Has the Twinkie Finally Expired?

11/28/2012

The history of American business is filled with companies that have seen both unparalleled success and dramatic failure. The news last week that Hostess Brands – the 82 year-old maker of Wonder Bread, Ding Dongs, Ho Ho's, Sno Balls, and the pop-culture icon Twinkies – was shutting down operations rocked not only the economic sector (eliminating over 18,000 jobs), but shocked consumers with the horror of losing their beloved caked goods (stories of mad dashes to the store and pricey eBay auctions abound).  

While the nail isn’t in the coffin quite yet – a judge ordered Hostess and the Bakery, Confectionery, Tobacco Workers and Grain Millers International Union back to the table for mediation – all signs point to Hostess going through the complicated and drawn-out process of liquidating its assets and navigating the murky waters of corporate bankruptcy. Besides wondering what will happen to the iconic Twinkie, there’s also the question about the tax implications. When companies go bankrupt, how does the IRS fare? Let’s look at how taxes are involved in corporate bankruptcies.  

When debtors like Hostess go out of business, the bankruptcy court supervises liquidating the debtor's property and distributing the proceeds to creditors. Hostess has plenty to sell, including 40 bakeries, 400 retail locations, and thousands of trucks and trailers. Once those assets are sold, claims will be paid according to specific priority rules, starting with 1st-priority domestic support obligations, 2nd-priority administrative expenses, 4th-priority employee wages, and so forth.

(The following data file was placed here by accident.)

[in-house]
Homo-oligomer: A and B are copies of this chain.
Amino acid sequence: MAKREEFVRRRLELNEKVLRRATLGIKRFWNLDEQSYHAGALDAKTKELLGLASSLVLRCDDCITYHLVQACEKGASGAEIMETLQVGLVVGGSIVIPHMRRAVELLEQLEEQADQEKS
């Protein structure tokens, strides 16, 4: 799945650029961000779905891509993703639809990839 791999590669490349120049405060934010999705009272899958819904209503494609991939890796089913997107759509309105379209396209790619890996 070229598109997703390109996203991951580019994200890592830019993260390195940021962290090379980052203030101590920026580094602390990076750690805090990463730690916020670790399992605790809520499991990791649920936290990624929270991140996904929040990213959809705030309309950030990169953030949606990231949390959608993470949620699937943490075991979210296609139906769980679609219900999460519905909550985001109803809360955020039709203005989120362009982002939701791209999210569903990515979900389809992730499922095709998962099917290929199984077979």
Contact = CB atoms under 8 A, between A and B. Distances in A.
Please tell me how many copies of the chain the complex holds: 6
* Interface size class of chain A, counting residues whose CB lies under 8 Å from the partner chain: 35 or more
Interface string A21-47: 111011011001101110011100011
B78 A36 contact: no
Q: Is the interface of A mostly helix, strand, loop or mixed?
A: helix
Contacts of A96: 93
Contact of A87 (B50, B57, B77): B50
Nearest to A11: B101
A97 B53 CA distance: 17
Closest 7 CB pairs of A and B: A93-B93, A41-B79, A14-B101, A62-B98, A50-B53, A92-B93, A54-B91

The IRS rarely loses income taxes in corporate bankruptcies. That makes sense because companies that can't pay their bills are probably not making much income, and therefore aren't likely to owe much income tax to start with. But even unprofitable companies still have other tax obligations. Property taxes on bakeries and retail locations, sales taxes collected on every Ding Dong, and payroll taxes they withhold on those 18,000 employees' wages would all be accounted for during bankruptcy proceedings. The bankruptcy rules acknowledge these debts by treating "pre-petition" taxes a debtor incurs before filing for bankruptcy as an 8th-priority, and "post-petition" taxes a debtor incurs after filing as a 2nd-priority administrative expense.  

The good news for anyone in despair about their favorite treat is that Twinkies will probably not be gone forever, regardless of how the situation unfolds (though the folks on eBay selling “collector’s edition” boxes sure don’t want anyone to know that). Popular consumer brands are worth big money in today's crowded marketplace, and Hostess should be able to sell the Twinkies name and recipe to a rival like Kellogg (owner of Sara Lee) or Mexico's Grupo Bimbo (owner of Entenmann's). So odds are strong that Twinkies will someday appear back on your grocer's shelf. Since rumor has it Twinkies are pumped so full of preservatives that they are likely to survive a nuclear holocaust, it’s not likely they’ll be taken down by a little bit of financial trouble!